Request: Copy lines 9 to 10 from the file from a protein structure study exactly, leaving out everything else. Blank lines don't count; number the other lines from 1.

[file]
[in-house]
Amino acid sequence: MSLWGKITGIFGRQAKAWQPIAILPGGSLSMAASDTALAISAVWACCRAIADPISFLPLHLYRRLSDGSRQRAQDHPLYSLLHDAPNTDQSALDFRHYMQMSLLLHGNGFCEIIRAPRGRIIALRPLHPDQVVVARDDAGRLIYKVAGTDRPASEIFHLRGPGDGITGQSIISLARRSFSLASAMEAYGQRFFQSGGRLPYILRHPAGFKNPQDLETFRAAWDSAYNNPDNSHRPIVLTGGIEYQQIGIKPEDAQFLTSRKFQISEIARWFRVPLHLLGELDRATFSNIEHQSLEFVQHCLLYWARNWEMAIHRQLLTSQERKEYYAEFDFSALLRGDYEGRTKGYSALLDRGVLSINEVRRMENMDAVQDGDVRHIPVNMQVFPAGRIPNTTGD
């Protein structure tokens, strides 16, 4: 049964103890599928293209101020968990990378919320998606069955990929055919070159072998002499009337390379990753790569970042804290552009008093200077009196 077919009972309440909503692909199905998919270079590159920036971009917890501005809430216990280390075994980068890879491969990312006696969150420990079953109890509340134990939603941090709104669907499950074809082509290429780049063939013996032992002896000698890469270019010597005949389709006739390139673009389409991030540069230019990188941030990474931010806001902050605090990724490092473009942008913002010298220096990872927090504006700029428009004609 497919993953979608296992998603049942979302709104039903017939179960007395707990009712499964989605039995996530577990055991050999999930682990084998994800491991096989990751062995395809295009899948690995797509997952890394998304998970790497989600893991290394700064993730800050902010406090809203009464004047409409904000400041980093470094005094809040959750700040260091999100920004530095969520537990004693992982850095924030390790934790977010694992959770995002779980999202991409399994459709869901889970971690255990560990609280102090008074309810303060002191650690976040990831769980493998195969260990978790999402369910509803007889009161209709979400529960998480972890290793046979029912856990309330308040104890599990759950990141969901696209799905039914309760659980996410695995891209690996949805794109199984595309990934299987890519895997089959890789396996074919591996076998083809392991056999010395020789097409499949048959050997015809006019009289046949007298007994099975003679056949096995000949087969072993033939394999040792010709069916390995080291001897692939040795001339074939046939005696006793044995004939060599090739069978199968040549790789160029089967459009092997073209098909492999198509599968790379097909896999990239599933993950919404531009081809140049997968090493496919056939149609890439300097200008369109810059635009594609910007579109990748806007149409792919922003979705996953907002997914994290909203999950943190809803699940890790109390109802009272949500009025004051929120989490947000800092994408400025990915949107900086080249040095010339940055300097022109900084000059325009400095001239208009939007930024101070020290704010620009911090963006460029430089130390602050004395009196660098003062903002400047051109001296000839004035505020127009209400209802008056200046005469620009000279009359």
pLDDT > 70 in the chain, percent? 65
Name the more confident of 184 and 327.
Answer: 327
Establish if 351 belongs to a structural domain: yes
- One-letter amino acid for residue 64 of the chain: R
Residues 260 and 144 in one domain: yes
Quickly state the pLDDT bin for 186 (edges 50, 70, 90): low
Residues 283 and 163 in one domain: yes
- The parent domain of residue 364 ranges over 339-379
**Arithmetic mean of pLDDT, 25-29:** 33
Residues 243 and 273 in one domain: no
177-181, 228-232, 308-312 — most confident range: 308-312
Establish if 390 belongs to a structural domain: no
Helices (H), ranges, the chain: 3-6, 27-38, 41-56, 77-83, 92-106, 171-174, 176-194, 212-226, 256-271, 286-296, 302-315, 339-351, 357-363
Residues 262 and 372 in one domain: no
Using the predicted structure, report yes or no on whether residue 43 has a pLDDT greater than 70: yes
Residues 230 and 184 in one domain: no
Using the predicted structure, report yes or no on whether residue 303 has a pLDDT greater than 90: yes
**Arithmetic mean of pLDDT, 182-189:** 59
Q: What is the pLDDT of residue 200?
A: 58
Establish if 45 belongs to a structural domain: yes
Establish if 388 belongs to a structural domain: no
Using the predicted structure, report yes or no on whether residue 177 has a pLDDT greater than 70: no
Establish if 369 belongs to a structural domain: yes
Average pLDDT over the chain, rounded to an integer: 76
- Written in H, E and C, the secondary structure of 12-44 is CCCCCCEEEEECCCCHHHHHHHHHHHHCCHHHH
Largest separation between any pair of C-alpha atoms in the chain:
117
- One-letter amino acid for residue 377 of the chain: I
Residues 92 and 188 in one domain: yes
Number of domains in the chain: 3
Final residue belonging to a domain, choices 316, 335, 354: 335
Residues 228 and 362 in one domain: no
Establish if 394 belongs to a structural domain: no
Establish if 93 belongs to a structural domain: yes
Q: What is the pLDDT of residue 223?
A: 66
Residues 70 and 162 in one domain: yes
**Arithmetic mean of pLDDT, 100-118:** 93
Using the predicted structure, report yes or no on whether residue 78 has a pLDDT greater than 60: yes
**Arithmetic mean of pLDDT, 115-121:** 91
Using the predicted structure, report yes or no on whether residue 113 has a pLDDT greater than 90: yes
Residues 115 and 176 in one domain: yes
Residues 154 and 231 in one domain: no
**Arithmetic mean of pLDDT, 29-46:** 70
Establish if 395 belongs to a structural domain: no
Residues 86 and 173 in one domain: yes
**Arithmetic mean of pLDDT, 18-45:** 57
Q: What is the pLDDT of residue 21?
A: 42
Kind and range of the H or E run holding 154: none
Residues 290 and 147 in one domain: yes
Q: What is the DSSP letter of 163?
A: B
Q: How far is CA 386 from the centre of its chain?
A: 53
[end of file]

Residues 260 and 144 in one domain: yes
Quickly state the pLDDT bin for 186 (edges 50, 70, 90): low